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Old Jan 24, 2011, 08:33 PM   #1
utneon
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IMPORTANT: don't ever discharge your battery completely.

ok, this has been bugging me for these last few years and i must tell people what no to do with lithium batteries so here i am to help many of those who don't know this.

Important: DO NOT EVER DISCHARGE COMPLETELY YOUR PHONE/NOTEBOOK BATTERY.

So, as you may notice, it really is as the post says, so i will give an explanation in advance. Back in the days where all the mobile phones started, like nokia, samsung, etc... they used those first batteries Ni based... Same is true for those batteries you find in your apple wireless mouse and toys. These batteries must be discharged completely because they have memory cycles and if you charge them when they're at half they will memorize it and lose capacity.

However lithium batteries (you use them in your phones and notebooks today) don't use the same techonology. As you may know, they're lithium batteries, and they have a lifetime of "x" cycles.

Why is that? well, for each cycle the battery loses a bit of it capacity percentagen due to the low voltage resulting in damaging cells in the battery. i think cells is the correct word.

Q: So, what happens if you discharge it completely?
A: Your battery will have very low voltage, and that will result in overheating your battery, consequently damaging a lot more cells than it should in normal usage.


So that's why you should never discharge a battery completely, either it's your phone or notebook or whatever device you have with lithium technology in battery.

I'm robotics engineering expertise, and work a lot with radio controled devices, so we investigate a lot for battery solutions, that is one of the basics usage for lithium batterys.

There are some lithium magnesium batterys being developed that will not suffer from this problem, but they are currently very expensive for commercial use in masses.

Tip: Charge your batteries when they are close to 10% at maximum, and if you will not be using your device for a long time, keep it stored with the battery around 50%. having max charge or low charge is bad for the battery. I Hope this information helps everyone...

Sorry if my english doens't satisfy you, it's not my native lang.
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Old Jan 24, 2011, 08:41 PM   #2
Intell
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Where's GGJstudios? He loves battery stuff.
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Old Jan 24, 2011, 08:48 PM   #3
TEHi
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This is true and applies with Lithium Ion and Lithium Polymer batteries, but mostly if the cells are unprotected.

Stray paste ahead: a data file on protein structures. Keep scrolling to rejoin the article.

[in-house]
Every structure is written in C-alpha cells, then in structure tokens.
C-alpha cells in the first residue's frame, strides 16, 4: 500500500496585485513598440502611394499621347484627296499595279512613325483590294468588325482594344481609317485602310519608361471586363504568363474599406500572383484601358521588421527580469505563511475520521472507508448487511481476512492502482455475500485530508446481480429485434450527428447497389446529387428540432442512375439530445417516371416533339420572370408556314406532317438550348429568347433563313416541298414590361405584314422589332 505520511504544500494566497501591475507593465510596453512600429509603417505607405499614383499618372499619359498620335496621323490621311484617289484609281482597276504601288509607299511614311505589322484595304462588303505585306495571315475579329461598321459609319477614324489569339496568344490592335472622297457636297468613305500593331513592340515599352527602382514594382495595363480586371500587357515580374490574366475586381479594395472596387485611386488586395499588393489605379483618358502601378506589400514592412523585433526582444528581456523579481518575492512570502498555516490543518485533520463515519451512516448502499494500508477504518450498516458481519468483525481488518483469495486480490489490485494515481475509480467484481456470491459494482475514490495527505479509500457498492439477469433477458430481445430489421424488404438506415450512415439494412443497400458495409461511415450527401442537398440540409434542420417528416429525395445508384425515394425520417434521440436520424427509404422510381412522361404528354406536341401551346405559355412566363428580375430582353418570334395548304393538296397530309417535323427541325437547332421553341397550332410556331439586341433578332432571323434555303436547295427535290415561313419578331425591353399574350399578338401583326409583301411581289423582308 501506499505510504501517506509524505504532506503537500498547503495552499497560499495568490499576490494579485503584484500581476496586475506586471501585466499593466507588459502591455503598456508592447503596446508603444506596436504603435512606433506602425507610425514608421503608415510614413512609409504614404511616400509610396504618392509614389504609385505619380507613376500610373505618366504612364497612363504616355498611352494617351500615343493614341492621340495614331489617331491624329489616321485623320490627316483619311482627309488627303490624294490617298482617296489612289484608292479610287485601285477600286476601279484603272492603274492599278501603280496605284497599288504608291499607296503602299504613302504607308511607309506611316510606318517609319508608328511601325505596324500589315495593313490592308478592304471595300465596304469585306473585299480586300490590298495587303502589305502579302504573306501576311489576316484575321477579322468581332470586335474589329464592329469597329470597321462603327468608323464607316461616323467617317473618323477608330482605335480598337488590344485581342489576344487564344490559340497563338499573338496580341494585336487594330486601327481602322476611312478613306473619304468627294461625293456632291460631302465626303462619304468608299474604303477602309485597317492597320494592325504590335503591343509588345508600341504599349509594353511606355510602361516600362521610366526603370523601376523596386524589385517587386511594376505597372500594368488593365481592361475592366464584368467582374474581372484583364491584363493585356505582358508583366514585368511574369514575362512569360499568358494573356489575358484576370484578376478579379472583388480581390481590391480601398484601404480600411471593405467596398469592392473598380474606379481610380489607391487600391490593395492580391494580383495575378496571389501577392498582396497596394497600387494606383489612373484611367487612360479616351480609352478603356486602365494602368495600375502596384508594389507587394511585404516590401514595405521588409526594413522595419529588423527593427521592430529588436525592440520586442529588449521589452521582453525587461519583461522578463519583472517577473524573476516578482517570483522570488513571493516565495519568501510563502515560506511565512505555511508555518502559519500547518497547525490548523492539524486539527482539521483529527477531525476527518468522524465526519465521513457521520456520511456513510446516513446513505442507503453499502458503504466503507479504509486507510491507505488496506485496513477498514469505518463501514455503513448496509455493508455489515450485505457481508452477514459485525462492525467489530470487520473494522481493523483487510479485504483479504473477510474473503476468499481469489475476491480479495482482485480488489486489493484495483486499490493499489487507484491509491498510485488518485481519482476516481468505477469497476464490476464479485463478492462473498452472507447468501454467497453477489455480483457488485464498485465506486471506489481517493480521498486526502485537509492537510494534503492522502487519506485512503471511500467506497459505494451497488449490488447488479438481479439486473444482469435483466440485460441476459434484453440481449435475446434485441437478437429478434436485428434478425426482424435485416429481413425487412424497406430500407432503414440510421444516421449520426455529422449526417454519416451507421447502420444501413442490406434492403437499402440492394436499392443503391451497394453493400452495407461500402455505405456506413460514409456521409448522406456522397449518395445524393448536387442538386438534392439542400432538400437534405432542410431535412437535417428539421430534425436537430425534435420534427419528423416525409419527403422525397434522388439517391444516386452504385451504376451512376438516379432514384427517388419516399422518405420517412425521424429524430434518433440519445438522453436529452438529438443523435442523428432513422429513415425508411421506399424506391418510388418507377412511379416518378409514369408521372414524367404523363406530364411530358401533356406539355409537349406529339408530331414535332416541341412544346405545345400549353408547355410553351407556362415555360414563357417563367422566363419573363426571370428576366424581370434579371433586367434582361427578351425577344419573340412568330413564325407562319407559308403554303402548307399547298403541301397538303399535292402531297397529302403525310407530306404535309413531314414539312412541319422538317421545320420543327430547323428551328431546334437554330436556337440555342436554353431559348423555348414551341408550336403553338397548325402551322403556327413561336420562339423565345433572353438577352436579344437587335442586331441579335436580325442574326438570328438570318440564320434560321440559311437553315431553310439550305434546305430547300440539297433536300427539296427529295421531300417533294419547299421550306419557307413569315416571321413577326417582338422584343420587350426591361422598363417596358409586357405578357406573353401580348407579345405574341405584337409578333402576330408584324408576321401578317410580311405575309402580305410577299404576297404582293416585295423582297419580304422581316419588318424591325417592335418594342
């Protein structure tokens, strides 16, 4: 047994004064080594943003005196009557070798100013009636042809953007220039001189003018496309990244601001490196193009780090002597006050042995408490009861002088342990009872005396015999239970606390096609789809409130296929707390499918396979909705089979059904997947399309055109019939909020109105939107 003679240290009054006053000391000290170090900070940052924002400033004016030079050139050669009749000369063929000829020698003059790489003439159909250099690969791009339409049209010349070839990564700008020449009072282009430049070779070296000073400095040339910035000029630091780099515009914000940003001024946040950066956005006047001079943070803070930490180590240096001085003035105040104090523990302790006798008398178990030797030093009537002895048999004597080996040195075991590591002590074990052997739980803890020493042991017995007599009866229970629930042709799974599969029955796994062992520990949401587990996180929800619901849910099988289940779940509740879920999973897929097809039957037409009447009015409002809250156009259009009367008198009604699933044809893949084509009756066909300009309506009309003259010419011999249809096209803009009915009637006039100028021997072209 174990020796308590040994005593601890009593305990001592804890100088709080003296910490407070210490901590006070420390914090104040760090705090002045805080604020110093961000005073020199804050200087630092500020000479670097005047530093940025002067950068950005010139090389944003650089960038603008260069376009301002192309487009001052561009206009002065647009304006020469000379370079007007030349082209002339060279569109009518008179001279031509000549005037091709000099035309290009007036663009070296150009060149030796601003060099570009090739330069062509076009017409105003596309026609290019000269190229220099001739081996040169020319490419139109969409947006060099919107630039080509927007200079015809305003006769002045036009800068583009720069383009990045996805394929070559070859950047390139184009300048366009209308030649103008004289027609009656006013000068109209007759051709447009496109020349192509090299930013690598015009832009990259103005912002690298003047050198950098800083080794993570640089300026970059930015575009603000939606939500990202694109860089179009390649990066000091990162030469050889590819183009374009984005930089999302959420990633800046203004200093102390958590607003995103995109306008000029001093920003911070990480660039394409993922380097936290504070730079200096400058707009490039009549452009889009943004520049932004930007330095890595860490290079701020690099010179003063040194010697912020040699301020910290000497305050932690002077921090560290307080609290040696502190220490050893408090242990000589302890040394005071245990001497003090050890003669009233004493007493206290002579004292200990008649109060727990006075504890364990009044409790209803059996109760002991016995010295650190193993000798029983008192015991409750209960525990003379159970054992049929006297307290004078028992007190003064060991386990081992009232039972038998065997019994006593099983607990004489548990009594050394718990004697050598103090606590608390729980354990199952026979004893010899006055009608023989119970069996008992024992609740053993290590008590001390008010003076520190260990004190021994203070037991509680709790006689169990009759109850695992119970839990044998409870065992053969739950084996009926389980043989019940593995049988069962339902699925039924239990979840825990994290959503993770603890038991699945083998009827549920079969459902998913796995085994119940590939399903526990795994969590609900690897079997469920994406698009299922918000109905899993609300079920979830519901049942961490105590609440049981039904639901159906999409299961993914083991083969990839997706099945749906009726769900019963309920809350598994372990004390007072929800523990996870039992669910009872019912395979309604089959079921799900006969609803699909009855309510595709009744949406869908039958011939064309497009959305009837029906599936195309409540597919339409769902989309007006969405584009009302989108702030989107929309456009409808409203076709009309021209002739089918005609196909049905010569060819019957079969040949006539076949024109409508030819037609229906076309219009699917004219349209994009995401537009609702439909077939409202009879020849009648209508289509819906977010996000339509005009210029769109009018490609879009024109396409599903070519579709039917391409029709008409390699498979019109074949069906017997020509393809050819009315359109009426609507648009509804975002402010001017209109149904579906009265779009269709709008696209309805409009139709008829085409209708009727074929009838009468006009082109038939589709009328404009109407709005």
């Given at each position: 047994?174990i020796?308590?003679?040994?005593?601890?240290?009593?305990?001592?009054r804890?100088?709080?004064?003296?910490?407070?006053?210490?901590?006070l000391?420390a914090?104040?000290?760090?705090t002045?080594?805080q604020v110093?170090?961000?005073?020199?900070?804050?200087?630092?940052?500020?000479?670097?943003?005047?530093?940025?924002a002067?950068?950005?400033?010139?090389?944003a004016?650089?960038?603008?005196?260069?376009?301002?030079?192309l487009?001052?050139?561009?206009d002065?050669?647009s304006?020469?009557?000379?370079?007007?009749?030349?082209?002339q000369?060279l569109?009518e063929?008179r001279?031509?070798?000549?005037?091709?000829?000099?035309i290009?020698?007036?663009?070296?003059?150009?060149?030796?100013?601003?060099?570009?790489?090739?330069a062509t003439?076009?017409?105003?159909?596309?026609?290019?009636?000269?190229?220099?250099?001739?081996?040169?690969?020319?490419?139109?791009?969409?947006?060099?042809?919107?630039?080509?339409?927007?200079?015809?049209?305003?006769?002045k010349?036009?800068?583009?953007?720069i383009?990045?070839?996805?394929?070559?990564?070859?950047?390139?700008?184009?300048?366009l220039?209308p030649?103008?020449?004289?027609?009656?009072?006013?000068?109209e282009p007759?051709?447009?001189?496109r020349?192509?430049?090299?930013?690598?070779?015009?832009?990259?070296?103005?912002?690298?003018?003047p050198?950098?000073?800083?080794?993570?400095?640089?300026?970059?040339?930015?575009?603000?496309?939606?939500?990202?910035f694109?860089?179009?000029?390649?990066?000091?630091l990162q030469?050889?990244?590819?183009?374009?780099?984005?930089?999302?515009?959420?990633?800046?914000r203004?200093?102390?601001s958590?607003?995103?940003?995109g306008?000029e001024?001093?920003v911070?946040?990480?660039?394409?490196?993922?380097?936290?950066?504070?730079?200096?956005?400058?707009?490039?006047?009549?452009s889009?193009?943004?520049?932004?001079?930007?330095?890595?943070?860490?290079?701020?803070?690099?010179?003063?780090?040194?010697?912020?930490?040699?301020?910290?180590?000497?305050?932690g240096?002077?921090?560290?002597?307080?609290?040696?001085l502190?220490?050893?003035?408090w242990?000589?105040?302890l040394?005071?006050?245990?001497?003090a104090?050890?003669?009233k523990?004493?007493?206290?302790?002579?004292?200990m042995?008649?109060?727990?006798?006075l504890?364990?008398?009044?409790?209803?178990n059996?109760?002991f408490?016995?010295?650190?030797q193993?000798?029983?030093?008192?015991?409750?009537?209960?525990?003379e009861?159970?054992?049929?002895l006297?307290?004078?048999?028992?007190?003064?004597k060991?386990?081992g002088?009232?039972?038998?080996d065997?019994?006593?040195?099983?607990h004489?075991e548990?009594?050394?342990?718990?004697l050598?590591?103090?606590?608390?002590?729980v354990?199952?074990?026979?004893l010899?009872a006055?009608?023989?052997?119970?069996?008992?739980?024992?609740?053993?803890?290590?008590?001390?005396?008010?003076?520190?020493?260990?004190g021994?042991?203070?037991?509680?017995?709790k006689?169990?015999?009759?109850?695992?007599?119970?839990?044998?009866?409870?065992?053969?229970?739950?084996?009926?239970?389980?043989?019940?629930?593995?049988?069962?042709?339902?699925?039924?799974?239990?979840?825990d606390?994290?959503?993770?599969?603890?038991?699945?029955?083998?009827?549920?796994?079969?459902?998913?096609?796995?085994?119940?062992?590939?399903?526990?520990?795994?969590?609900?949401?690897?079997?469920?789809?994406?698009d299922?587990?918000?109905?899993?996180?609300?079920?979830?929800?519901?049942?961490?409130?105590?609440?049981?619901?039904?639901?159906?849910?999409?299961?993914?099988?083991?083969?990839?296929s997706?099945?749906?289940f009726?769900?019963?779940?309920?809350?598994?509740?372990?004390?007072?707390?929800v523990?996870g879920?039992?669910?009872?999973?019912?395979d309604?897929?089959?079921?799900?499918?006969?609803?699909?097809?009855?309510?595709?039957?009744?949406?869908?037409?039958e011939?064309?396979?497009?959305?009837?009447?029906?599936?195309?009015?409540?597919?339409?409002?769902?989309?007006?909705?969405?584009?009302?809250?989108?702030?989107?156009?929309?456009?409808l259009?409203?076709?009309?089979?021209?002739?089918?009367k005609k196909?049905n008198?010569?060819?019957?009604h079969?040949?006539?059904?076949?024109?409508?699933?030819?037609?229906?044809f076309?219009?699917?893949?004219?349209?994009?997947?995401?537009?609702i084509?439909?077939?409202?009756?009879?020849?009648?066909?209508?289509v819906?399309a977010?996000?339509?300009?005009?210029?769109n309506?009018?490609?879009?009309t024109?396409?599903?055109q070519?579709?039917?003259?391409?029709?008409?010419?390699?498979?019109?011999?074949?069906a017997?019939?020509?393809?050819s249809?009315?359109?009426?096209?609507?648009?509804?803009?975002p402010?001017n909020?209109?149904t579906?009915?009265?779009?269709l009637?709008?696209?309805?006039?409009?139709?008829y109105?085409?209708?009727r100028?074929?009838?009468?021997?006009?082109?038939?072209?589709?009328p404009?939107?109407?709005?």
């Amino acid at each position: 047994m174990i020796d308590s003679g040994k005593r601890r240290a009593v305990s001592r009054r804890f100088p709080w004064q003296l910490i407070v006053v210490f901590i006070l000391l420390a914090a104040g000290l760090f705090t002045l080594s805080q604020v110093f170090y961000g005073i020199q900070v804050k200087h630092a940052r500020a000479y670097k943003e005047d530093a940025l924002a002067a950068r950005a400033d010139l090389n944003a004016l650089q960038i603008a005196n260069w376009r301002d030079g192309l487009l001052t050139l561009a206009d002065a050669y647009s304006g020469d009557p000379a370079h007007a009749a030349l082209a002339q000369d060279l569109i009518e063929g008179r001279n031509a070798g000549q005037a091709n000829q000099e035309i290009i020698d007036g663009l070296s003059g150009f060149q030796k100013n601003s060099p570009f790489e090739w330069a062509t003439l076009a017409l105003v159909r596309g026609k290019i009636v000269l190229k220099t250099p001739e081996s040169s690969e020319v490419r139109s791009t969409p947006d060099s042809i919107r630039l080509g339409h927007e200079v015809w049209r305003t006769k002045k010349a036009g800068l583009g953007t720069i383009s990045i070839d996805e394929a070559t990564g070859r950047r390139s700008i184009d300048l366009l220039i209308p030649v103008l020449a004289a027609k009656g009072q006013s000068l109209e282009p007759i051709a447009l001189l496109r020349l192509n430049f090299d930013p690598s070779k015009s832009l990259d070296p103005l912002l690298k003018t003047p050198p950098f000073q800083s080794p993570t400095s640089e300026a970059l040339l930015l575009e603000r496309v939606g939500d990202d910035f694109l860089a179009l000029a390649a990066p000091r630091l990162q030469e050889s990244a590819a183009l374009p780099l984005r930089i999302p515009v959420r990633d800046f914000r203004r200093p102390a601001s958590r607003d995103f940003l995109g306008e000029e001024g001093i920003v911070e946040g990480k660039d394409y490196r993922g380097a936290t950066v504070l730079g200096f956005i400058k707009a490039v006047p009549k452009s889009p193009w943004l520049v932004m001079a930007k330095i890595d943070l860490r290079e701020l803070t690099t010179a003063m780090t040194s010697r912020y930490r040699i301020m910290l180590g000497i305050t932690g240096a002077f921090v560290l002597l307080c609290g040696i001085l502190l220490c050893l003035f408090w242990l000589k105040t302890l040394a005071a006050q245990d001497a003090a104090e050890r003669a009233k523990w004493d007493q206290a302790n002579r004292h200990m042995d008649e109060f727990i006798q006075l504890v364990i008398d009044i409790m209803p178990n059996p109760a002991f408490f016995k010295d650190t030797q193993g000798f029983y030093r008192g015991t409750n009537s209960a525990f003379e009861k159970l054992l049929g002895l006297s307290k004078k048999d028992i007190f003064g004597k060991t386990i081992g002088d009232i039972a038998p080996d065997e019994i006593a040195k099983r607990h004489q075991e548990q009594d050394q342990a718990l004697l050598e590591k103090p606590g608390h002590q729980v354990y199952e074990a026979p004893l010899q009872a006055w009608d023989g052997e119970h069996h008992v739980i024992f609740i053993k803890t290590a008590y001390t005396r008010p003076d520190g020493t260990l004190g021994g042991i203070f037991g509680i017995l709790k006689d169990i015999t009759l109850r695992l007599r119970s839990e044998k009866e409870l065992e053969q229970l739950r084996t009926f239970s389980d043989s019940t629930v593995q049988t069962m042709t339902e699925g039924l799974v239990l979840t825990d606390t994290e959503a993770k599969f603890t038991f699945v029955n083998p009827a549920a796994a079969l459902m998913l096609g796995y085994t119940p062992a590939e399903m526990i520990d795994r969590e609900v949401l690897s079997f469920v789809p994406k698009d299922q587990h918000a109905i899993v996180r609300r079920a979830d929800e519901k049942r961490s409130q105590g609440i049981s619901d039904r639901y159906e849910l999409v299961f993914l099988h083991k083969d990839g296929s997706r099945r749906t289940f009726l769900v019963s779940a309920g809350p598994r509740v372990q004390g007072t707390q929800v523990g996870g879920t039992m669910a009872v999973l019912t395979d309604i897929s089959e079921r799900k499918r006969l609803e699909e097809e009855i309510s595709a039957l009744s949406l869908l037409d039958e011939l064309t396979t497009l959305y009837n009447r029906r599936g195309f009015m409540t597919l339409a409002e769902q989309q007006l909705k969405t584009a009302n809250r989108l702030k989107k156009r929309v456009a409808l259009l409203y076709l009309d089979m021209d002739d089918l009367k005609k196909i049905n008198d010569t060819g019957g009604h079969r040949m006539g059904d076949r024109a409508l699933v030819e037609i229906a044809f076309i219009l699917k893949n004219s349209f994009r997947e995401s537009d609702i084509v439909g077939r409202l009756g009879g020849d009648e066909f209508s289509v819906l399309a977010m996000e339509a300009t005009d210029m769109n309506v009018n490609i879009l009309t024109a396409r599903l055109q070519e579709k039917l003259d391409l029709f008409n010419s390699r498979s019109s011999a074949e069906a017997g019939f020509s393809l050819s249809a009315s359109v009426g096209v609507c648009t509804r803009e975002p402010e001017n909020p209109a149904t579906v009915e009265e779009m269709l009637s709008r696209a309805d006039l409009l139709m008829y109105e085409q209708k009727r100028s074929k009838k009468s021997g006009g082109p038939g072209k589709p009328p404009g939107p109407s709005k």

Unprotected means the battery does not have a internal circuity to prevent it from overcharging 4.2v, and discharging from 3.0v. Cellphones and high-tech equipment, or sometimes the battery itself will contain this protection circuity, it will prevent your battery from being damaged by cutting off the current flow at certain voltage. Once the battery voltage goes near 3.0v the celphone will shutdown, my iphone 4 goes off when hits 2%.

Many blogs and forums will sugest users to fully discharge their battery at least once per month. This is not really necessary. A Lithium polymer battery will only benefit from this in the first 3-5 cycles as it will "grow" to its optimal capacity.

Don't worry, you can still "fully" discharge your battery without doing serious damage to the cell, but you must avoid this if possible.
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Old Jan 24, 2011, 08:53 PM   #4
utneon
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Quote:
Originally Posted by TEHi View Post
This is true and applies with Lithium Ion and Lithium Polymer batteries, but mostly if the cells are unprotected.

Unprotected means the battery does not have a internal circuity to prevent it from overcharging 4.2v, and discharging from 3.0v. Cellphones and high-tech equipment, or sometimes the battery itself will contain this protection circuity, it will prevent your battery from being damaged by cutting off the current flow at certain voltage. Once the battery voltage goes near 3.0v the celphone will shutdown, my iphone 4 goes off when hits 2%.

Many blogs and forums will sugest users to fully discharge their battery at least once per month. This is not really necessary. A Lithium polymer battery will only benefit from this in the first 3-5 cycles as it will "grow" to its optimal capacity.

Don't worry, you can still "fully" discharge your battery without doing serious damage to the cell, but you must avoid this if possible.
thank you for adding extra technical information
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Old Jan 24, 2011, 09:08 PM   #5
wfriction
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Thanks for that!
Strange that they say in the iPhone manual to do a complete discharge once a month though.
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Old Jan 24, 2011, 10:30 PM   #6
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Ugh. You CAN'T FULLY discharge the battery. The software does not allow it. When the iPhone dies, it still has a tiny charge. This thread is useless.
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